music by Proud Creature, notes by LW
On a Friday night this past September, I went to Todd’s parents’ house in the Kansas City suburbs to play music in the basement. This had been our ritual almost every weekend in 1996, before we had driver’s licenses and my mom drove me around, waiting patiently in my friend’s driveways while I unloaded my amp, guitar, and the precious wah-wah pedal I’d bought at the Tune Shop for $100 after a long summer of mowing lawns.
Today Todd (musical alias, Proud Creature) is a pianist and electronic music artist in New York City, where he occasionally plays live jazz or collaborates with other musicians. Or did until lockdown. But during our basement jams he always played drums, a blue spackle-painted kit set up in an unfinished basement space the house’s previous owner had used as a dark room.
Todd and I almost always played alone, cheered on by the audience we expected might one day materialize when we got older. Now, at nearly 40, even that imaginary audience was gone, though that didn’t feel as depressing as it could have. Nothing about the summer of 2020 felt like the linear progression of anything before, or to follow. This jam would remain in the vault, off the record, no tapes or video clips to mark the occasion.
It was Todd and his wife’s first visit to his parents since the pandemic swept through New York City and then the rest of the nation. Cut off from his musical engagements, tutoring, and massage therapy practice, Todd embraced his nocturnal habits, alternately playing video games and volunteering as a crisis counselor where depressed and distressed people could converse with trained volunteers by text. It probably wasn’t so different from our own late-night exchanges, each of us doing our best to build up and encourage the other, a back-and-forth of bad jokes and encouragement that has stretched across two and a half decades.
Before we started playing, I secretly hoped the years would impart a new refinement and maturity to our sound. From the first notes, I could tell I was mistaken. My amp was not loud enough and could only be heard when distorted. As often happens, I never really broke out of the key of E, falling into the same stale two-chord vamps. It didn’t take long for our groove to turn into a rut.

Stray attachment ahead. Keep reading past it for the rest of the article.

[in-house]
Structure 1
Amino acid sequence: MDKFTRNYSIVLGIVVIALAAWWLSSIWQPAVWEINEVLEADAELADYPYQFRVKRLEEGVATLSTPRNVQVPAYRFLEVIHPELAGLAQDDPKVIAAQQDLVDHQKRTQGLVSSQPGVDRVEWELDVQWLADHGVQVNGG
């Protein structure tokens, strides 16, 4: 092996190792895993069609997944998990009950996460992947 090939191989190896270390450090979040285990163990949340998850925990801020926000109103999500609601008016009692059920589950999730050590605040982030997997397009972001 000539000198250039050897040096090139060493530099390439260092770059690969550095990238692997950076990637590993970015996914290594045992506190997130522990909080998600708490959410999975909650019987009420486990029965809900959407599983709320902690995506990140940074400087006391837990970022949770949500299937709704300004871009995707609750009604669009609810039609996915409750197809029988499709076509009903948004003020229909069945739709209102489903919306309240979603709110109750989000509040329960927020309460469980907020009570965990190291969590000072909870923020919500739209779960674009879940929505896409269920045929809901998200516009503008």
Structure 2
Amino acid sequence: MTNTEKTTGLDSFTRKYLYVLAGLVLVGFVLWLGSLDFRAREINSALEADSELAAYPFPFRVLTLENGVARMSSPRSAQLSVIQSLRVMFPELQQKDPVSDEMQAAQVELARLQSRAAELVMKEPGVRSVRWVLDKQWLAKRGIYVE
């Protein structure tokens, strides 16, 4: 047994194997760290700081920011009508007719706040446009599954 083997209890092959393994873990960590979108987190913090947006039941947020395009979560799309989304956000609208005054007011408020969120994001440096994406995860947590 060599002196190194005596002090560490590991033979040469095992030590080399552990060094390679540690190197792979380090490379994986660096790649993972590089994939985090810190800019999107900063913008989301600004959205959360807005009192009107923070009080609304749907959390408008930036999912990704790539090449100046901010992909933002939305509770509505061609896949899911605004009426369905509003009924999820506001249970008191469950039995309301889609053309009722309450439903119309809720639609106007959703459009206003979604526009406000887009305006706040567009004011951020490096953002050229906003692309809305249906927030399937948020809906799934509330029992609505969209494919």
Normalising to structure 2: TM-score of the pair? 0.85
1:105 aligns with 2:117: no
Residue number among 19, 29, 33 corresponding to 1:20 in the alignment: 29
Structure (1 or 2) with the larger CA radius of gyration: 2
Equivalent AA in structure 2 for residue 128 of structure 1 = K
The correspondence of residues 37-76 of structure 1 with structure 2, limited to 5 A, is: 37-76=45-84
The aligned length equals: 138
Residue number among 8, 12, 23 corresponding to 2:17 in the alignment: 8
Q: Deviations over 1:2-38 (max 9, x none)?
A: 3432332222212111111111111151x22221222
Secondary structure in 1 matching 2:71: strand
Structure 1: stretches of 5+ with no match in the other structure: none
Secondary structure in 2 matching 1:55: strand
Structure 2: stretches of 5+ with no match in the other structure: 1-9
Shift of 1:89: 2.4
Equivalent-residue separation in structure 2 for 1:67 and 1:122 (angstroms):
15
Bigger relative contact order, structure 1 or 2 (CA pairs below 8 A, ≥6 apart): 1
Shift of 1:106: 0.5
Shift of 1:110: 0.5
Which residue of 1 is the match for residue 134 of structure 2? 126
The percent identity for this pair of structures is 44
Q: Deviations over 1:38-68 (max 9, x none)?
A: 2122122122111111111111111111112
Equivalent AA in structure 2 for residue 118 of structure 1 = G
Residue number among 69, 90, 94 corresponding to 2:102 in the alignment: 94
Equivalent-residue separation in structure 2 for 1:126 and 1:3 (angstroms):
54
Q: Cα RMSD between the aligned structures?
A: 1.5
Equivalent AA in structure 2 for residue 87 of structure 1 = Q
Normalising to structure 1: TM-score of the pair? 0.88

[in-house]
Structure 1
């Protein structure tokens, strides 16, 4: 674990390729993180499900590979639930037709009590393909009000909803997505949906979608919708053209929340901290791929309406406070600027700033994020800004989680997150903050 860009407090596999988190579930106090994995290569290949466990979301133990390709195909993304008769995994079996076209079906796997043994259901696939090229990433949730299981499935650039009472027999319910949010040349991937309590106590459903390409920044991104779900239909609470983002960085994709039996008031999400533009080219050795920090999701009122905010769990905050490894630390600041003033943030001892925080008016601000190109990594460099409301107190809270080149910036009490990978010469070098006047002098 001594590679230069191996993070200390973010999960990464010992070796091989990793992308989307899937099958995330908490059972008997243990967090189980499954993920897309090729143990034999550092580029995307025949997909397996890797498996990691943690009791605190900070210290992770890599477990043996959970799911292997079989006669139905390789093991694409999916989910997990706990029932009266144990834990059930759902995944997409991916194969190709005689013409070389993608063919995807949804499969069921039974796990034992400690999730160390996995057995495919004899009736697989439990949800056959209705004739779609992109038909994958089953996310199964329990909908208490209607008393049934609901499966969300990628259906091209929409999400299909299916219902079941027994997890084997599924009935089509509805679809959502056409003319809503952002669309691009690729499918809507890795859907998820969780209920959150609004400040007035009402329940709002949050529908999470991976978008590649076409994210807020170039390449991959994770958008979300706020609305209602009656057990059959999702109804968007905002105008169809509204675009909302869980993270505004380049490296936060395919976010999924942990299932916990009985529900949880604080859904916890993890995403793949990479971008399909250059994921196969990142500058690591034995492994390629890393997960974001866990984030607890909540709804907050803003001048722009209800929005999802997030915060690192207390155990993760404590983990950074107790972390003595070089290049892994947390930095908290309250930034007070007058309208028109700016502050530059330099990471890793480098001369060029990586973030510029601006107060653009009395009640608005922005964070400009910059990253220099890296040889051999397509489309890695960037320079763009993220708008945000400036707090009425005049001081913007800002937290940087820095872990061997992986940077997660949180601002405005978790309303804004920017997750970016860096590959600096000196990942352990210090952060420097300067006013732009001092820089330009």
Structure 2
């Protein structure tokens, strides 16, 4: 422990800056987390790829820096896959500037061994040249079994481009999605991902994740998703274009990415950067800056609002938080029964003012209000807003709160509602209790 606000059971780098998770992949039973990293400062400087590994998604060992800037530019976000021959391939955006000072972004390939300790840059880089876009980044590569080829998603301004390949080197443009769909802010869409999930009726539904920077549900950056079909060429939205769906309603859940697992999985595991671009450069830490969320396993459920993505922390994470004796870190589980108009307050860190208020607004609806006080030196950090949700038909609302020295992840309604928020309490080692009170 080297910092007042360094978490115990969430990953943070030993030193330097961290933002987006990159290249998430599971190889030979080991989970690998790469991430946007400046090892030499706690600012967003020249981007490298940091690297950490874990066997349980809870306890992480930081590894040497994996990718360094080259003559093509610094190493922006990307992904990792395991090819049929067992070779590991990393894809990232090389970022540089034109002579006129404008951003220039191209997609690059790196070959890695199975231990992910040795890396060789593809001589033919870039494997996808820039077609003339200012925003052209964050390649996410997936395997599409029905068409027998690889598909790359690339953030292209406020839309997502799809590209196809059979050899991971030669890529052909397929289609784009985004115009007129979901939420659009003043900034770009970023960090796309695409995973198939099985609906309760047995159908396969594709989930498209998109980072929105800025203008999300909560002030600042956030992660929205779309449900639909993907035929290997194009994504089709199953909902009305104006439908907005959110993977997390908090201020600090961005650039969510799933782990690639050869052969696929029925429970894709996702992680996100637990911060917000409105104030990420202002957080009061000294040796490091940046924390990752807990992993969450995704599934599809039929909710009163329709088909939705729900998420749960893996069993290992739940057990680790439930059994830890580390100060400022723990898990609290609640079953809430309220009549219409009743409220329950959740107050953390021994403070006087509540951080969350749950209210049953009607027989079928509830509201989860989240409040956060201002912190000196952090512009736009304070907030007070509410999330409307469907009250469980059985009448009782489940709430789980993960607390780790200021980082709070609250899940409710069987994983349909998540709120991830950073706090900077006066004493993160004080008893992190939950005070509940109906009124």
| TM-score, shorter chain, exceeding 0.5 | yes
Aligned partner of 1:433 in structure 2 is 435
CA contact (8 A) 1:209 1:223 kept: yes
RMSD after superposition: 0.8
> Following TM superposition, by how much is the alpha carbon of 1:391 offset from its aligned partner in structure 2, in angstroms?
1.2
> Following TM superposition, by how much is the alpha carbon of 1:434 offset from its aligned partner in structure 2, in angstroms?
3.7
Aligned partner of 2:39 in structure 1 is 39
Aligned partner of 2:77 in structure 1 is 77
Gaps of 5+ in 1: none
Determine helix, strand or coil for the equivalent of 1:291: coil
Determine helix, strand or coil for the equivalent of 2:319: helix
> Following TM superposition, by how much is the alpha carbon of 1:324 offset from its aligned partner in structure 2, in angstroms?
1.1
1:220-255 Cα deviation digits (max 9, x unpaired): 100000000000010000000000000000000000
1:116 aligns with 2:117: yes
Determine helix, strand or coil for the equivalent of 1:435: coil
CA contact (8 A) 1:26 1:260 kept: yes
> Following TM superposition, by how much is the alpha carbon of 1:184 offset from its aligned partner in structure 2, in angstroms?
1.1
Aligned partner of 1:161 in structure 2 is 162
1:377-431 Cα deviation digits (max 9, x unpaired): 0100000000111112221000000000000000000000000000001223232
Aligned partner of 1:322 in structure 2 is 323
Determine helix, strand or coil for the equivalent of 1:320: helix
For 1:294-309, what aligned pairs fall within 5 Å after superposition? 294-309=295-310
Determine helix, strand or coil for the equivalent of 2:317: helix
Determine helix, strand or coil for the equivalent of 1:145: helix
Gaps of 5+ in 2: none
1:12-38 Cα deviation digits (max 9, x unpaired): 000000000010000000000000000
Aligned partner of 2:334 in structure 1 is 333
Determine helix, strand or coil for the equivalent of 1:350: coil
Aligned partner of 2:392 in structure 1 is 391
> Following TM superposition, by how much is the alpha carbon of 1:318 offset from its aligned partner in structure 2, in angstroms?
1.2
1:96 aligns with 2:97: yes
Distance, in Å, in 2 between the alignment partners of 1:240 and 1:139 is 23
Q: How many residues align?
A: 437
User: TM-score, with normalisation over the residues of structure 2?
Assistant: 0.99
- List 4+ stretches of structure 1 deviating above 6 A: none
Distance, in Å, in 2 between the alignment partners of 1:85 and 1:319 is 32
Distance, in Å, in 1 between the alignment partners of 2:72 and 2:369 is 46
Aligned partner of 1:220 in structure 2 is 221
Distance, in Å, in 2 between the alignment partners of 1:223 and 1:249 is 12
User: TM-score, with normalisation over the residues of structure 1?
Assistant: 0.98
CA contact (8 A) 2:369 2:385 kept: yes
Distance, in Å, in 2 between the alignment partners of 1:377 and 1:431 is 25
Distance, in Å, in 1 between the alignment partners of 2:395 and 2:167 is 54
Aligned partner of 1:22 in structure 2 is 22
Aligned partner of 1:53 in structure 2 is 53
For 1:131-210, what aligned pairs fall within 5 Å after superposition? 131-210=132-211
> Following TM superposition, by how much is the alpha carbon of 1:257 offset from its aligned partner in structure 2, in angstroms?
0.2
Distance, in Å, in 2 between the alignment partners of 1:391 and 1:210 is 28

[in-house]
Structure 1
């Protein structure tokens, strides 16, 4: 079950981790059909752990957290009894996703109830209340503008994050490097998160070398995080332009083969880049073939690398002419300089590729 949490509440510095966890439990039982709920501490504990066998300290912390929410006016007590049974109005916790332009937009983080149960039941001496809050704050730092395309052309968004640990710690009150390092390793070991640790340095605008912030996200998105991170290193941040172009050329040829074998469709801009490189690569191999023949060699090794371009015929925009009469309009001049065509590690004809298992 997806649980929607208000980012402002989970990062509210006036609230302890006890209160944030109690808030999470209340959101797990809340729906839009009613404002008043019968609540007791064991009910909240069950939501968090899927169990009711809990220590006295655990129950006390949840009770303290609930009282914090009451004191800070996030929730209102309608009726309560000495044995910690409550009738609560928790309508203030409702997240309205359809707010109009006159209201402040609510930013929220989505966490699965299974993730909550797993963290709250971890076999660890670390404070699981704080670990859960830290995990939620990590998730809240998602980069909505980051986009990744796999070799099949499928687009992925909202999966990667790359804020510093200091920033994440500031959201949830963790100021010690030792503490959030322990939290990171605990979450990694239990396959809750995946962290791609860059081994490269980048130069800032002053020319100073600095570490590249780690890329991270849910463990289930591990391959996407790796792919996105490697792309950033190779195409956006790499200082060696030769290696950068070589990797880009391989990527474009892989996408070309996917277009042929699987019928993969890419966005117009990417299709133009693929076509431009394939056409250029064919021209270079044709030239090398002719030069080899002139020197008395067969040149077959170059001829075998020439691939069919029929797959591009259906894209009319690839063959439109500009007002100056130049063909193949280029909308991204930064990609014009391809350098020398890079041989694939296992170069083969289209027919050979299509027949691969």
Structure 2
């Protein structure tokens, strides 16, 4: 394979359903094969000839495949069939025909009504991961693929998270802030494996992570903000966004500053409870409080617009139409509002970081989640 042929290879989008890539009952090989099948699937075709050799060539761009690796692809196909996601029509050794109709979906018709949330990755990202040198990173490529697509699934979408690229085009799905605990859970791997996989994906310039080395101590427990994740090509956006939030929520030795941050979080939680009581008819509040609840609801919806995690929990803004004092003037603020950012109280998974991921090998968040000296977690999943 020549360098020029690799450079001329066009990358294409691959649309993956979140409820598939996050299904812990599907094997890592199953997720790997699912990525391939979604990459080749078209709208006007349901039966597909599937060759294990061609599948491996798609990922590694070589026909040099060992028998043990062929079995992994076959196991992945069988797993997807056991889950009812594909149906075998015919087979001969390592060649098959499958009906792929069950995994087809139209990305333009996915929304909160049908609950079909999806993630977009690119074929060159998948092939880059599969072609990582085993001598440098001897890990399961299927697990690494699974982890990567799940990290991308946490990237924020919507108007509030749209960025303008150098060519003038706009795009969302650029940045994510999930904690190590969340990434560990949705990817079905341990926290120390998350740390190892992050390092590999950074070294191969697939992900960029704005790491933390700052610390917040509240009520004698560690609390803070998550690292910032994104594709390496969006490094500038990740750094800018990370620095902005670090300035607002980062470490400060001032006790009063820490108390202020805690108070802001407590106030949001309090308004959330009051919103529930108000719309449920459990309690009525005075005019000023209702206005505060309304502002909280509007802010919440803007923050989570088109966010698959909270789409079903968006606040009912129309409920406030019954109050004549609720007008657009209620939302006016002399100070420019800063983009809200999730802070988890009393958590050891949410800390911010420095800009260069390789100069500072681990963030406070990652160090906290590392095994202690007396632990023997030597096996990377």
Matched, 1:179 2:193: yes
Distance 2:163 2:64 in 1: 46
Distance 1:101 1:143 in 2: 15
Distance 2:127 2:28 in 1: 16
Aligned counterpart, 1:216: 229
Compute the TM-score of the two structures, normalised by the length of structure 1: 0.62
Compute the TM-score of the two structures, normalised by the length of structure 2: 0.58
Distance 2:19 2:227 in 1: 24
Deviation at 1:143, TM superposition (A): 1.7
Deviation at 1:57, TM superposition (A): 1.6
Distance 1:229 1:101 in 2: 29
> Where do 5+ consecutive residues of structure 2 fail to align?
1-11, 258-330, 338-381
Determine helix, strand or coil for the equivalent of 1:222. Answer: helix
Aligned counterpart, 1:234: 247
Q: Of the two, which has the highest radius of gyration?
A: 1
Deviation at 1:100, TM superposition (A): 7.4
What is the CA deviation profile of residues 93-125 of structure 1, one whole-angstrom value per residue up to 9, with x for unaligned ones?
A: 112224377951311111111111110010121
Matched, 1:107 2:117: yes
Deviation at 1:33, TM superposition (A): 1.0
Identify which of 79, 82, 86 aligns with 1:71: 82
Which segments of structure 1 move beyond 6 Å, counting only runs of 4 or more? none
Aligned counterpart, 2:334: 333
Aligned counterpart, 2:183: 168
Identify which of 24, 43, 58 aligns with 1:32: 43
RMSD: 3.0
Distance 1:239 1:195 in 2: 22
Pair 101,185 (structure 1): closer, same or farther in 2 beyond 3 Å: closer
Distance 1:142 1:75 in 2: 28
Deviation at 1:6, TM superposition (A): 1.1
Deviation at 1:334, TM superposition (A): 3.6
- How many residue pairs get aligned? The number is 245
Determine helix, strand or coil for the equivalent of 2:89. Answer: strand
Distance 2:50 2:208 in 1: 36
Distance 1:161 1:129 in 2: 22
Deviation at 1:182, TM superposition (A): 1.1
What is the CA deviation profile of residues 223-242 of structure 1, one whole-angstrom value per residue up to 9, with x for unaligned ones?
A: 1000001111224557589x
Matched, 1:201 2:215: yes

Afterwards our friend Matt came over, and we ate takeout on the back patio, driving across State Line from his place in Missouri rather than walking down from the street from the house where his parents used to live. We still got together on weekend nights in back yards like this one, and sometimes if we were a bit faded it was hard to remember if we were at someone’s parents’ house or if we had become the parents.
On most nights we would be content to just sit around, drink wine, smoke, and visit, but we’d just found out through our phones that Ruth Bader Ginsberg had just died, and all of us knew without saying anything what the next few weeks would be like. The news felt especially cruel tonight, a rare weekend reunion of old friends, the start of the Jewish new year. Our moods grew darker with the sky. It was clear that we had to get out and do something, even if bars were either closed or unsafe. Even if our other friends had all grown up or moved away.
Todd said he had wanted to record some sounds at the park, so we decided to it was the perfect time — too late for small kids to be up playing, but not late enough to look too suspect. Before we left, we rolled a few small joints from a bag of weed purloined from a friend, the same routine now as back then, and smoked on the patio.
On the winding street to the park we saw a large group of teenagers walking toward us on the opposite sidewalk, a buzz of conversation moving in our direction. “Are those trick-or-treaters?” Todd asked. “Or is this a riot?” Matt whispered, mocking the conspiratorial tones of cable news.
What do these kids think of us? I wondered. Three dudes not quite old enough to be their parents’ age, walking casually toward the same park they had just come from. I doubt we looked like anyone they needed to worry about, our shaggy hair, baseball caps, and aimless strolls still fundamentally adolescent. Some the girls waved and said hi. We waved back. Maybe in the darkness we could pass for half our age. Unlikely.
At the park, we cut through the softball field and headed toward the playground, much more sophisticated than the slides and swings we’d grown up with. In the center of the playscape, we found two xylophones and three metal stands shaped like shamrocks, each leaf yielding a different tone. Matt took a seat at the picnic table while Todd and I set up the microphone and began to play.